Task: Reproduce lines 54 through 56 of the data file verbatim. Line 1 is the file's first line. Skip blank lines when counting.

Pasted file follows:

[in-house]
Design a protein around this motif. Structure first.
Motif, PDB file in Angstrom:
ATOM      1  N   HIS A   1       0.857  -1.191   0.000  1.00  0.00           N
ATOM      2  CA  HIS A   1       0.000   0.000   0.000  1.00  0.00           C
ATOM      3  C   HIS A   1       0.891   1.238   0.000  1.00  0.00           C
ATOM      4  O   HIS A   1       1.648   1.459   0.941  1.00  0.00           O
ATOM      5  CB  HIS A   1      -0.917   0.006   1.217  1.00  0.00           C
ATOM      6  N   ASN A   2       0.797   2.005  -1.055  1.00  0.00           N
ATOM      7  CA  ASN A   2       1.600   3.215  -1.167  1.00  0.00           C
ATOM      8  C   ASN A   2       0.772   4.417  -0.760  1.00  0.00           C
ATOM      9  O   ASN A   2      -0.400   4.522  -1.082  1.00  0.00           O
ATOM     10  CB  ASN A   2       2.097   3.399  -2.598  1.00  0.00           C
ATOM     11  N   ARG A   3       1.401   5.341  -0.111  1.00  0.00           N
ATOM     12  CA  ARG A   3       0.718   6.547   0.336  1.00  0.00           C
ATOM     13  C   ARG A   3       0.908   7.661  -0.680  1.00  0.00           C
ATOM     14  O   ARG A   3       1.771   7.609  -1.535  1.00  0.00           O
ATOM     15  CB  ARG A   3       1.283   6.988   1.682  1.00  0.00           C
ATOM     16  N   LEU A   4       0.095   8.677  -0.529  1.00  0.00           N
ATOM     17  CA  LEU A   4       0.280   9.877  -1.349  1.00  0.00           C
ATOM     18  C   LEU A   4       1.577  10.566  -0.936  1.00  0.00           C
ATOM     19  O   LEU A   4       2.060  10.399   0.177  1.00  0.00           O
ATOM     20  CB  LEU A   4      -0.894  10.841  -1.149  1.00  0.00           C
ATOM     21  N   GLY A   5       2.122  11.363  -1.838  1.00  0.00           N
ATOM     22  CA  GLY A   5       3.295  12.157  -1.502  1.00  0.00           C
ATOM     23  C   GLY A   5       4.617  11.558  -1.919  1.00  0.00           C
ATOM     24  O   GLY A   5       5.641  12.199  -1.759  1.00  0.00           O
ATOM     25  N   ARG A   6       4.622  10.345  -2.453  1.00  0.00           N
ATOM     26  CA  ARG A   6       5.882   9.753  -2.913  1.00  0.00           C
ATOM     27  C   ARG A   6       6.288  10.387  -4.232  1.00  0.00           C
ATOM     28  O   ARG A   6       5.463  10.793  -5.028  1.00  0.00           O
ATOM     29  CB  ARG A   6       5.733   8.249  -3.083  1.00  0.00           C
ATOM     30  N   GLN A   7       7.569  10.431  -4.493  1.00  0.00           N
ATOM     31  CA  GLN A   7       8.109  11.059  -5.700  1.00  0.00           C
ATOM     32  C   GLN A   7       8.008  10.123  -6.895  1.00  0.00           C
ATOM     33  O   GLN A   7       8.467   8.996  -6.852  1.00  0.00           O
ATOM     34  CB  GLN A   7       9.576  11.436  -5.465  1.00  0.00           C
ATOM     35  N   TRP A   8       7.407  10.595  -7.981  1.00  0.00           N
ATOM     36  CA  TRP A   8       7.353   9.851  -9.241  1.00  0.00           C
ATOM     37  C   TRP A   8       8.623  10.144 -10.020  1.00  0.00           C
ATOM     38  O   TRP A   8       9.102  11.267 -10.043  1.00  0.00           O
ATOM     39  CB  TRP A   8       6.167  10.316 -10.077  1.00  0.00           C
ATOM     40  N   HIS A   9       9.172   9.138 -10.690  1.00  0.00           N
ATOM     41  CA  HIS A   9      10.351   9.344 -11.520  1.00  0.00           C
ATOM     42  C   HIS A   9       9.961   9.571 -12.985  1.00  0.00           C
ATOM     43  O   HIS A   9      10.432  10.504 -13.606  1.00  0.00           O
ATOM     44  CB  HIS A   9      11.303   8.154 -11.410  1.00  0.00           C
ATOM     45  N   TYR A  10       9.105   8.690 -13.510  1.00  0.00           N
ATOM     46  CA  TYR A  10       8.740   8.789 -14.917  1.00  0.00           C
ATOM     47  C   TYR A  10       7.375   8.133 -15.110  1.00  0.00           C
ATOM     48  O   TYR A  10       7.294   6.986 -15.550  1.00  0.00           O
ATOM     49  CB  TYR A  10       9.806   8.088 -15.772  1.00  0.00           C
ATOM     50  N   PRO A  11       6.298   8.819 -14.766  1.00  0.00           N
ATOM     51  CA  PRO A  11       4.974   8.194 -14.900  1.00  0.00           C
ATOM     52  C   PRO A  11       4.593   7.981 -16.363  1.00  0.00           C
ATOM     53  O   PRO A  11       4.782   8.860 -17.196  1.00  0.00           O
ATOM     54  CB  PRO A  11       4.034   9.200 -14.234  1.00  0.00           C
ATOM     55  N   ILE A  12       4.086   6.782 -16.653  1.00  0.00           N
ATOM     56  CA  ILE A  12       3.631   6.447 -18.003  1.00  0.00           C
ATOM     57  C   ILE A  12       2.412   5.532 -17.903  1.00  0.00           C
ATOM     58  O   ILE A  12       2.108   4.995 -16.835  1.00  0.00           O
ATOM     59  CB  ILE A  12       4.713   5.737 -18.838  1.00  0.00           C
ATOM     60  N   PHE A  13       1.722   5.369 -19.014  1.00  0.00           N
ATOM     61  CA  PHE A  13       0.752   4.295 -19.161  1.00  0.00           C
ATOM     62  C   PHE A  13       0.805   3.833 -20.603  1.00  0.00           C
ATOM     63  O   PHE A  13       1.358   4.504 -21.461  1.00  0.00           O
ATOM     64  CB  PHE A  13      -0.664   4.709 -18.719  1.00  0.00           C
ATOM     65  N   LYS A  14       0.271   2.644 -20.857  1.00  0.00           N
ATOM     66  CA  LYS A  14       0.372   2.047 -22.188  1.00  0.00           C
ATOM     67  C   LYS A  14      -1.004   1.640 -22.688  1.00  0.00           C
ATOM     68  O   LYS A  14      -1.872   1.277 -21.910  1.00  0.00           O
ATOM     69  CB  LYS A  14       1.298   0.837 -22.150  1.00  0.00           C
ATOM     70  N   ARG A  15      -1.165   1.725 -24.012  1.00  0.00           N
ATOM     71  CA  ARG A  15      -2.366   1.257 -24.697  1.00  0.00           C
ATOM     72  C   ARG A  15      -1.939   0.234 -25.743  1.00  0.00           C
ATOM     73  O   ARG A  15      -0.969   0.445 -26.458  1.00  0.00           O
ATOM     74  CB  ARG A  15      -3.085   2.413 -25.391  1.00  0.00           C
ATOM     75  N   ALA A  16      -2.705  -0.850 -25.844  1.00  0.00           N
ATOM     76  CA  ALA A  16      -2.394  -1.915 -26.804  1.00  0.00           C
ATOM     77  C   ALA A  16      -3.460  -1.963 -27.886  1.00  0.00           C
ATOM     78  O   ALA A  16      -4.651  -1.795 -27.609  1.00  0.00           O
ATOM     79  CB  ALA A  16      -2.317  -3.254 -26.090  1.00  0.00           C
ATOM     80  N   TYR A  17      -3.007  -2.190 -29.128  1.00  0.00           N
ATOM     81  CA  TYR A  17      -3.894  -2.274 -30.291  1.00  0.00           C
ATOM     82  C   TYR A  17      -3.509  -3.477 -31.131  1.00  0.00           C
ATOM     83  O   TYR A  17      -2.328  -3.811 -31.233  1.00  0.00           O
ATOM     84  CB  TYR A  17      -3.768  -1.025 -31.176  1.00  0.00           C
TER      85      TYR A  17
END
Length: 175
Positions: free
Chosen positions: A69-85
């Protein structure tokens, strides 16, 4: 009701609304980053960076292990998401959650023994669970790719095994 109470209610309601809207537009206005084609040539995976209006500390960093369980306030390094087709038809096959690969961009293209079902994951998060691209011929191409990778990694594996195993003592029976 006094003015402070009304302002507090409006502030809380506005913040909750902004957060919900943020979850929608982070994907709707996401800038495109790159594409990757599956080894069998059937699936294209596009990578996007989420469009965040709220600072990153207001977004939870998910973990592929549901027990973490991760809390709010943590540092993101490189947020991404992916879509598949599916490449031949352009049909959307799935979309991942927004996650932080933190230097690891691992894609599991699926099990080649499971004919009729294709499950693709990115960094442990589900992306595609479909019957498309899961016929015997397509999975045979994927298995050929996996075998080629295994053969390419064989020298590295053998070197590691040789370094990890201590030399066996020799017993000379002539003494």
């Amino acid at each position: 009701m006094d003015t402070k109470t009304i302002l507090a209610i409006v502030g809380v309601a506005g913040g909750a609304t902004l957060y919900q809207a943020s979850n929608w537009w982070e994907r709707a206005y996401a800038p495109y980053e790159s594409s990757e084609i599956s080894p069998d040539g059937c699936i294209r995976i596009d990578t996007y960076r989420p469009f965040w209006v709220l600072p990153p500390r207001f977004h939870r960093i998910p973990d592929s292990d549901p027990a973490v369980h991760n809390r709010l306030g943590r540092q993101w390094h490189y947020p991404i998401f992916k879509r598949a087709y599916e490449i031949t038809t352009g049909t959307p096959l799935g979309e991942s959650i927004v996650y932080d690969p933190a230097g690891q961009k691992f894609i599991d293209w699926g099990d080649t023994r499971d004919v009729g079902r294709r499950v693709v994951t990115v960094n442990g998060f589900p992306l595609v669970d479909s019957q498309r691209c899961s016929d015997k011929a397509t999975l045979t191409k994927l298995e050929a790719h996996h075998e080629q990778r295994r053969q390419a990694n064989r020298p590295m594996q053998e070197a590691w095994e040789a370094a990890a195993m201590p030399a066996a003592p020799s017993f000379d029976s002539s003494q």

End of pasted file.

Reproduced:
ATOM     51  CA  PRO A  11       4.974   8.194 -14.900  1.00  0.00           C
ATOM     52  C   PRO A  11       4.593   7.981 -16.363  1.00  0.00           C
ATOM     53  O   PRO A  11       4.782   8.860 -17.196  1.00  0.00           O